Journal of Biomedicine and Biosensors

Research Article

Disseminated sandflies Sergentomyia and Phlebotomus in Al Muthanna province, Comparative and Taxonomic Study

  • By Ali Jawad Alyasiri - 20 Mar 2024
  • Journal of Biomedicine and Biosensors, Volume: 4, Issue: 1, Pages: 31 - 42
  • https://doi.org/10.58613/jbb413
  • Received: September 2, 2023; Accepted: March 1, 2024; Published: March 20, 2024

Abstract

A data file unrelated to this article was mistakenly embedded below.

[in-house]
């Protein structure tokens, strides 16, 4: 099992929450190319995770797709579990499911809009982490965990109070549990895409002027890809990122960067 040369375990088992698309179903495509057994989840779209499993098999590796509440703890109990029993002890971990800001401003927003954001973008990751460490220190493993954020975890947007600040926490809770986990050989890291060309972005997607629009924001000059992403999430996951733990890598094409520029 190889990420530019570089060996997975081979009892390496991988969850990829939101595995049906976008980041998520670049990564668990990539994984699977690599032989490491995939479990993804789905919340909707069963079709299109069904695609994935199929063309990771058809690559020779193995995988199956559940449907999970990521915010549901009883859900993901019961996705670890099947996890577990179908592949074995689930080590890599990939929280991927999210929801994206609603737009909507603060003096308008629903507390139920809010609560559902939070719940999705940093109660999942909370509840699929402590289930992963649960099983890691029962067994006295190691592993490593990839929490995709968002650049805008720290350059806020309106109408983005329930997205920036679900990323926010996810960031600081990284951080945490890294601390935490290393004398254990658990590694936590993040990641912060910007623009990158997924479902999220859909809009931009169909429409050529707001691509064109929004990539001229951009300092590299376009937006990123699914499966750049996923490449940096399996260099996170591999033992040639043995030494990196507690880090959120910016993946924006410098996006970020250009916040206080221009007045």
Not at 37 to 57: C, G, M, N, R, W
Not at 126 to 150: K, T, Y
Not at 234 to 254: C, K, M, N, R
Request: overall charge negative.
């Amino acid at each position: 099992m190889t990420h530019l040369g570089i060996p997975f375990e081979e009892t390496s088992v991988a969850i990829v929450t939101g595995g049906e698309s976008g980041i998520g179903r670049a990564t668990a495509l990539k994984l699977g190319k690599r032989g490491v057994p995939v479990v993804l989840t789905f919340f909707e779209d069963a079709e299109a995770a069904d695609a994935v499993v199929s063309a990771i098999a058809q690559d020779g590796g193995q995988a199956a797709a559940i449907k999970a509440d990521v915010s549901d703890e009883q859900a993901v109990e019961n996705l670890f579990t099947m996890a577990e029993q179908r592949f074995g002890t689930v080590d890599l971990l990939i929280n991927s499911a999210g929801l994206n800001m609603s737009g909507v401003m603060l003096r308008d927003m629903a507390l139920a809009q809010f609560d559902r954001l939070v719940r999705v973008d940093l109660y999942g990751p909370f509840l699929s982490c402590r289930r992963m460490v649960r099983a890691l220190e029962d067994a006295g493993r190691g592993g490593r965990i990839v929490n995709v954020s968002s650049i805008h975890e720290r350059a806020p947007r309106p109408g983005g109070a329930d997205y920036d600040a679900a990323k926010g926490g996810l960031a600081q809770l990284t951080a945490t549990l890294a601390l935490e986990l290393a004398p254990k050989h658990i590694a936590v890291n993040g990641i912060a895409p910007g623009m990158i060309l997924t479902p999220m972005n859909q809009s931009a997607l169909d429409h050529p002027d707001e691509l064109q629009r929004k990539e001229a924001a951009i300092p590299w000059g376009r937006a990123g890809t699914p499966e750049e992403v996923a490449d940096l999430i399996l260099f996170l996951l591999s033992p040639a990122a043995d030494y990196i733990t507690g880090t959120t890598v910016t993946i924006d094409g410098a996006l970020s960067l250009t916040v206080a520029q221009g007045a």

The taxonomy of the subfamily Phlebotominae has undergone several changes since the early twentieth century, and even with several studies using both old and new tools, including molecular markers, doubts remain about the relationship and differences between them. These differences reflect a lack of knowledge of the true evolutionary history of flies. In parallel, the old and current classifications consider only adult morphological data. However, there is consensus among the authors on the importance of morphological data from all life stages. These discrepancies illustrate the need for new studies to provide hypotheses that could contribute to the classification of this subfamily. Phlebotomies (Diptera, Psychodidae, and Phlebotominae) have been extensively studied, mainly due to the role of these flies as primary vectors of various parasites, including various Leishmania species, Bartonella and viruses that cause many diseases to humans and other vertebrates. The studies started to collect and identify the Phlebotominae sand fly present in different areas of Al-Muthanna province. The studies also aimed to determine their numbers and classify them based on the approved scientific classifications, as well as the difference between the most important species in the province. Light traps and sticky traps were used, and using the insect classification by (J. Abul-Hab and S. A. Ahmed, 1984) and (Al-Mayali & Al-Hassani,2016), and 4 species were recorded during a ten-month period. Within the identified four species, a total of 1486 specimens comprising four species of two genera were collected: Phlebotomus (two species) and Sergentomyia (two species). Phlebotomus papatasi 683 (45.967%) was the dominant species followed by Sergentomyia sentoni 380 (25.57%), Phlebotomus sergenti 290 (19.51%). Sergentomyia squamipluris 133 (8.95%) distributed among 822 females and 664 males.